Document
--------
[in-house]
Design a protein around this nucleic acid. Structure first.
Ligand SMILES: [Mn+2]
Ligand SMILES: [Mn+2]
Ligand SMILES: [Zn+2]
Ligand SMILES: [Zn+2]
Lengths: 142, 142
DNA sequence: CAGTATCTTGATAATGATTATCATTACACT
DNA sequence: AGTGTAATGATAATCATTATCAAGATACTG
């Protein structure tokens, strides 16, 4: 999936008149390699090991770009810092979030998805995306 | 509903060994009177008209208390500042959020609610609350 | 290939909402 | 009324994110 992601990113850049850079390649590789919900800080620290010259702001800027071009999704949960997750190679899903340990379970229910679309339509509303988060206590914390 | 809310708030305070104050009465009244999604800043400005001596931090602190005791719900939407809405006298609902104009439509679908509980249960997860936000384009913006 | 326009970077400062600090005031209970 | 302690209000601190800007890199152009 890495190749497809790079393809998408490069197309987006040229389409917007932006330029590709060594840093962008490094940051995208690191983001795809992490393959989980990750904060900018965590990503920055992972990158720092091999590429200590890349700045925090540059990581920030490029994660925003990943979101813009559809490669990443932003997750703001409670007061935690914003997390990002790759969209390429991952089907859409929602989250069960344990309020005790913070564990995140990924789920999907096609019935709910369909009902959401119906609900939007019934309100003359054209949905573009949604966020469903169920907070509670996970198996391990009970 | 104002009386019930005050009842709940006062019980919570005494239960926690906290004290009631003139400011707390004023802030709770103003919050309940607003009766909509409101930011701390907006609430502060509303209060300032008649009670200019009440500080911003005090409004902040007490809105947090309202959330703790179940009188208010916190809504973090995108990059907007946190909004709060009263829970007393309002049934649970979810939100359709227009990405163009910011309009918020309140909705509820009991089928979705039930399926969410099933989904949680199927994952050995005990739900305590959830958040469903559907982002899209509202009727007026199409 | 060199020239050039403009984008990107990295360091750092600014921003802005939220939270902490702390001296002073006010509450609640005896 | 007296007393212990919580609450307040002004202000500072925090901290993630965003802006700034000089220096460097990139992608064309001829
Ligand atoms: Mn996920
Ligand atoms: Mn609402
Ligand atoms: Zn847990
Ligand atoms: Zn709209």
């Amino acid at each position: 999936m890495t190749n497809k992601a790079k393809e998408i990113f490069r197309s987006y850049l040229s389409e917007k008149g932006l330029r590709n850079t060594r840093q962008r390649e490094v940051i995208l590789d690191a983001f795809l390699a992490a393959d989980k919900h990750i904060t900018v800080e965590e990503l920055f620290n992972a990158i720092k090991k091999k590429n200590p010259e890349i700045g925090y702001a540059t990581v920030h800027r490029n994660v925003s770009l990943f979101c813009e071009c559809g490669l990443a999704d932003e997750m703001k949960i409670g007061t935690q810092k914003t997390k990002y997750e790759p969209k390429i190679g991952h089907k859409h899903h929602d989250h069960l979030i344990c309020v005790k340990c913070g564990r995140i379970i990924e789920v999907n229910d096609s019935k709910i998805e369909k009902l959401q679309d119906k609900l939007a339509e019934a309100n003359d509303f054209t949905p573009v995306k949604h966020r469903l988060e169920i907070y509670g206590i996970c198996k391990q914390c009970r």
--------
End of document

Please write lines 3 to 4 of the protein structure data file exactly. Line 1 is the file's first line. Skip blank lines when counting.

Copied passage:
Ligand SMILES: [Mn+2]
Ligand SMILES: [Mn+2]